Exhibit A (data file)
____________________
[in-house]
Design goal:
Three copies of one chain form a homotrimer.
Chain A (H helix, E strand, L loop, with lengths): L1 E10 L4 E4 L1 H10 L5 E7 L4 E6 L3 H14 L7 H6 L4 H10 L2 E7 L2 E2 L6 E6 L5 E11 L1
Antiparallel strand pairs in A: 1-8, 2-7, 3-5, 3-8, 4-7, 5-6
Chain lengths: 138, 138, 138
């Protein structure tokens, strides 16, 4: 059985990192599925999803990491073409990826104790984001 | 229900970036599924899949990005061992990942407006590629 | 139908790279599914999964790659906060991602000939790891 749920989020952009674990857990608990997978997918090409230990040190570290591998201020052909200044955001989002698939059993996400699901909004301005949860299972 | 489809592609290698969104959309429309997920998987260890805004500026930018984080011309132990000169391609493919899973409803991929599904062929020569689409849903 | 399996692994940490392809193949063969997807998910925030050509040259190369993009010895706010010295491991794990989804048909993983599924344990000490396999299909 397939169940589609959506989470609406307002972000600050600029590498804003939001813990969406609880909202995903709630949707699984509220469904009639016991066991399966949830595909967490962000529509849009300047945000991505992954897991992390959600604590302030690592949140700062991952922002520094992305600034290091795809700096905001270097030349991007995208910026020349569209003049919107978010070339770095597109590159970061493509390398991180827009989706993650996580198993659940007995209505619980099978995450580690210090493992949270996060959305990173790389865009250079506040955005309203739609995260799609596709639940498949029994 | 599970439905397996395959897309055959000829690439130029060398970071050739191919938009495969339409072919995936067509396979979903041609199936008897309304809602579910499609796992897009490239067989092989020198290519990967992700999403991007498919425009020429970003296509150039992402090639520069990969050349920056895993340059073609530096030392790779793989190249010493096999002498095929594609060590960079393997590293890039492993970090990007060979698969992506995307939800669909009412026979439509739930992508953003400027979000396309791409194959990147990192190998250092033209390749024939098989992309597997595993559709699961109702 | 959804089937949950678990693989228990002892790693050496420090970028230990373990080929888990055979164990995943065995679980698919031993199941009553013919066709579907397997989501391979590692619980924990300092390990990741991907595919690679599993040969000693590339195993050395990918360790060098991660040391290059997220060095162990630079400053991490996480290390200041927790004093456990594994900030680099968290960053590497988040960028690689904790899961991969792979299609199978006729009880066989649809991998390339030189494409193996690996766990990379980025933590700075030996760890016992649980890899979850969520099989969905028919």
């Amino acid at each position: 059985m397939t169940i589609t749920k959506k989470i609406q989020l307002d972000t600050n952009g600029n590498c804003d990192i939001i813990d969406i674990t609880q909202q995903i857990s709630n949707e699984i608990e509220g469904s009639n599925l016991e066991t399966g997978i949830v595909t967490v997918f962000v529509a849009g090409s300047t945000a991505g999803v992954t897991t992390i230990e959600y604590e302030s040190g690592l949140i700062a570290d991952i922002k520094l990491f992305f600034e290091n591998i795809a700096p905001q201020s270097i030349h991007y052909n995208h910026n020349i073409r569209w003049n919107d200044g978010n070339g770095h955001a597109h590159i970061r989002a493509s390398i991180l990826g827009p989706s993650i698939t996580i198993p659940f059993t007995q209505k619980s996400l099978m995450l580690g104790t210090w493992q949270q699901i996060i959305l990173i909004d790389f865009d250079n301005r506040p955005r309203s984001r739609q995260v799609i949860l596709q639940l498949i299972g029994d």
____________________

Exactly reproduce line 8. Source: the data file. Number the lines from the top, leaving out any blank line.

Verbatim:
């Amino acid at each position: 059985m397939t169940i589609t749920k959506k989470i609406q989020l307002d972000t600050n952009g600029n590498c804003d990192i939001i813990d969406i674990t609880q909202q995903i857990s709630n949707e699984i608990e509220g469904s009639n599925l016991e066991t399966g997978i949830v595909t967490v997918f962000v529509a849009g090409s300047t945000a991505g999803v992954t897991t992390i230990e959600y604590e302030s040190g690592l949140i700062a570290d991952i922002k520094l990491f992305f600034e290091n591998i795809a700096p905001q201020s270097i030349h991007y052909n995208h910026n020349i073409r569209w003049n919107d200044g978010n070339g770095h955001a597109h590159i970061r989002a493509s390398i991180l990826g827009p989706s993650i698939t996580i198993p659940f059993t007995q209505k619980s996400l099978m995450l580690g104790t210090w493992q949270q699901i996060i959305l990173i909004d790389f865009d250079n301005r506040p955005r309203s984001r739609q995260v799609i949860l596709q639940l498949i299972g029994d």